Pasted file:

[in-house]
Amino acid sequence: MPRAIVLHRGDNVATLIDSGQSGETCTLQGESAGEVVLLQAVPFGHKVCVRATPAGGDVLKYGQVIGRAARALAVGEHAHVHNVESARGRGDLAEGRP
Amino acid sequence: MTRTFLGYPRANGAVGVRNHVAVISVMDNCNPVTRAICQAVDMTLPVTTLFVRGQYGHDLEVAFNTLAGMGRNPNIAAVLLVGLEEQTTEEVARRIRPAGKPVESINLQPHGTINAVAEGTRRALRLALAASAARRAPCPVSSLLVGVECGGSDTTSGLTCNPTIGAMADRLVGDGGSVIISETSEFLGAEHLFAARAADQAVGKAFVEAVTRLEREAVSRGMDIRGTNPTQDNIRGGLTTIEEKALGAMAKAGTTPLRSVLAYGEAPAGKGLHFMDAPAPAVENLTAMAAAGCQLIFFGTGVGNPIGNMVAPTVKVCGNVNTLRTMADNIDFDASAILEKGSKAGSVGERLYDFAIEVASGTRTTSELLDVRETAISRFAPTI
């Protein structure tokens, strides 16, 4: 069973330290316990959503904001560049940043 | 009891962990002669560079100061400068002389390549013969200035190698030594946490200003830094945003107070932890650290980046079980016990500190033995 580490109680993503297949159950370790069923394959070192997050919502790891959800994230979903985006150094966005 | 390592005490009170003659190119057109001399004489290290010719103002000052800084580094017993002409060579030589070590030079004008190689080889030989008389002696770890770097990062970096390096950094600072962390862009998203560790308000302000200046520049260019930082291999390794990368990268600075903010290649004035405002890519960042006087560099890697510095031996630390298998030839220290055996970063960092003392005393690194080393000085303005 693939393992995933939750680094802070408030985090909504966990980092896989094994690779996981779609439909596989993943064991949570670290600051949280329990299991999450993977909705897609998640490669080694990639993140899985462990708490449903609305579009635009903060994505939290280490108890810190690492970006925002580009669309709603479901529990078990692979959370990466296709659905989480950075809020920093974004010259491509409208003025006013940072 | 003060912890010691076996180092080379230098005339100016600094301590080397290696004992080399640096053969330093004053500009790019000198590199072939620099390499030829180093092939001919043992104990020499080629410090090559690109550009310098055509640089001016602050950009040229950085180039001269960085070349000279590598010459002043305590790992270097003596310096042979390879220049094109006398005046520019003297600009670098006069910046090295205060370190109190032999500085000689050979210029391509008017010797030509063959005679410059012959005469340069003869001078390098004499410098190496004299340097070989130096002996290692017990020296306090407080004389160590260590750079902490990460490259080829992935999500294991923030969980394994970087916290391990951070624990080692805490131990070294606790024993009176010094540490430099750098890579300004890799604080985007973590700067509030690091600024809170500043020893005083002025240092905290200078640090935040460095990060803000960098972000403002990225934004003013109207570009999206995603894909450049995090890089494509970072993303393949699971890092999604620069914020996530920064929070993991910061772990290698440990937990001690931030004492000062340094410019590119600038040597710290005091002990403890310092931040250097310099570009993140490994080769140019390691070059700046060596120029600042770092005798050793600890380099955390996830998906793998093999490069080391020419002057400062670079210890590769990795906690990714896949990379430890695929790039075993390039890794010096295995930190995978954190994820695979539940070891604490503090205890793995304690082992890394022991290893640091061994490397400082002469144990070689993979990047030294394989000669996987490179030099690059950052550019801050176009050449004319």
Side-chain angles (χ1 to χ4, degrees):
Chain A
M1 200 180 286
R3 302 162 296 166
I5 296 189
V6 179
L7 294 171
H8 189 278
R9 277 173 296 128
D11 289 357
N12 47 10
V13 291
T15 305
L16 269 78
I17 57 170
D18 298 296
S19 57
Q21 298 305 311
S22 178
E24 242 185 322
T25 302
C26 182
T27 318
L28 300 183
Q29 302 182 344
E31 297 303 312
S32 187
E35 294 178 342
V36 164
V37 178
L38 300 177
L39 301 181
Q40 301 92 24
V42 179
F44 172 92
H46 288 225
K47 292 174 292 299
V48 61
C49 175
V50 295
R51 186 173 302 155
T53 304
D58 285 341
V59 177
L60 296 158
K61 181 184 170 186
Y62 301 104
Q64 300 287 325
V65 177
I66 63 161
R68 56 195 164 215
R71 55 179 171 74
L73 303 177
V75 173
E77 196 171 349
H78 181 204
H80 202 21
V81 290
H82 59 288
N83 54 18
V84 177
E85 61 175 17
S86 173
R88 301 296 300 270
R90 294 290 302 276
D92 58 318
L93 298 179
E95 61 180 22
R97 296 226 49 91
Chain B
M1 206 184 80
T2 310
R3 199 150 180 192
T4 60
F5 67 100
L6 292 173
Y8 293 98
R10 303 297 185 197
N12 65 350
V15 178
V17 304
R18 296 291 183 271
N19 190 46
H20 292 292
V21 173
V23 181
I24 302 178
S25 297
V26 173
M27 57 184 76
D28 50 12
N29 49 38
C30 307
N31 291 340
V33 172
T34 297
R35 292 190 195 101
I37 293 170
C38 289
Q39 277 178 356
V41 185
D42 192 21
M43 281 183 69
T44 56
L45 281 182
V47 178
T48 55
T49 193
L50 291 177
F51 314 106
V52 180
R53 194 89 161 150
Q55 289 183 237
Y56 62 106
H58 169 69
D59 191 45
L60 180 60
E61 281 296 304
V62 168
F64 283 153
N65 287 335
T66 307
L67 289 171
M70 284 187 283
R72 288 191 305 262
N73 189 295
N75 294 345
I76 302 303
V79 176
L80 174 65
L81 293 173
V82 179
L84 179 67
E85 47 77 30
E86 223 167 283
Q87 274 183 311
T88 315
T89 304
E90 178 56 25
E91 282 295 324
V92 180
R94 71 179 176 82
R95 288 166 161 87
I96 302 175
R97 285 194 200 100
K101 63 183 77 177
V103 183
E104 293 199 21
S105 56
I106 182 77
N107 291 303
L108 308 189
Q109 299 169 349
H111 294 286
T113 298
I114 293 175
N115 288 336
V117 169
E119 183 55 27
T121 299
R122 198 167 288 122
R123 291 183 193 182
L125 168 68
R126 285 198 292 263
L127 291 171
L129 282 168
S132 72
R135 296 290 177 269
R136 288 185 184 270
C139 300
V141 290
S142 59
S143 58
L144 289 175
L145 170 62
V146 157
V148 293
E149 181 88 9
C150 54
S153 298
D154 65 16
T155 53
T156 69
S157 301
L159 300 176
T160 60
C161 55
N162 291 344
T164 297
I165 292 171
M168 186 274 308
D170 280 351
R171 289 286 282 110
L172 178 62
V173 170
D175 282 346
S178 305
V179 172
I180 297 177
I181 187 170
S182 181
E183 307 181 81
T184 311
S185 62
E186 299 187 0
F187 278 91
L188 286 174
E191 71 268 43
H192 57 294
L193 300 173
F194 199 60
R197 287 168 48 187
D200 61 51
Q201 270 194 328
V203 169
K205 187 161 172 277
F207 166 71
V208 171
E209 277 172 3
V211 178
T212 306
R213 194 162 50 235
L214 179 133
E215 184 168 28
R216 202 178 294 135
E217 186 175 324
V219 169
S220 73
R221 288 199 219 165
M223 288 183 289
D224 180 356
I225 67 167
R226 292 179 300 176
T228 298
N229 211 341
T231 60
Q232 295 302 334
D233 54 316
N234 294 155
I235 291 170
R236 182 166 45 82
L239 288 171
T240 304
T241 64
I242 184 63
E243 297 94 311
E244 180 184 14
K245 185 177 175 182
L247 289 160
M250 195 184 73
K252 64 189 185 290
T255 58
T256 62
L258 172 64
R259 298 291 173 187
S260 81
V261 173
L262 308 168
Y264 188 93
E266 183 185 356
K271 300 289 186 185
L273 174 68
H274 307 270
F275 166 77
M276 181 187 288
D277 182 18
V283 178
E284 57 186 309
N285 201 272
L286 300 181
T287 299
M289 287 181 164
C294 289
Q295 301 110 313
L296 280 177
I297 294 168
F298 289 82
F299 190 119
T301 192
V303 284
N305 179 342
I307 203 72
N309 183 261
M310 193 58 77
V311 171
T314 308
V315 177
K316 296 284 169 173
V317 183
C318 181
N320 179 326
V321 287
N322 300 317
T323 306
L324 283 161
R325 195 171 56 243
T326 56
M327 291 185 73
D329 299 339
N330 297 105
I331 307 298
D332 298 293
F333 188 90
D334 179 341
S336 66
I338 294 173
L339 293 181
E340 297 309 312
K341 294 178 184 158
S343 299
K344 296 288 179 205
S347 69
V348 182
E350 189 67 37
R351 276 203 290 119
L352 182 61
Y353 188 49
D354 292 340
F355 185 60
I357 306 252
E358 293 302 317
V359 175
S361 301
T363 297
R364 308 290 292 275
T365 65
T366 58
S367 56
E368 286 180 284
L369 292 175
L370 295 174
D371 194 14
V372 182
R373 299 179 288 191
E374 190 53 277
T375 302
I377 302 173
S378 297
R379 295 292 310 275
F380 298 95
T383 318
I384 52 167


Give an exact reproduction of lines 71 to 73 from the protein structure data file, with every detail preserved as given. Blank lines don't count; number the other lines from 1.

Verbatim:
L93 298 179
E95 61 180 22
R97 296 226 49 91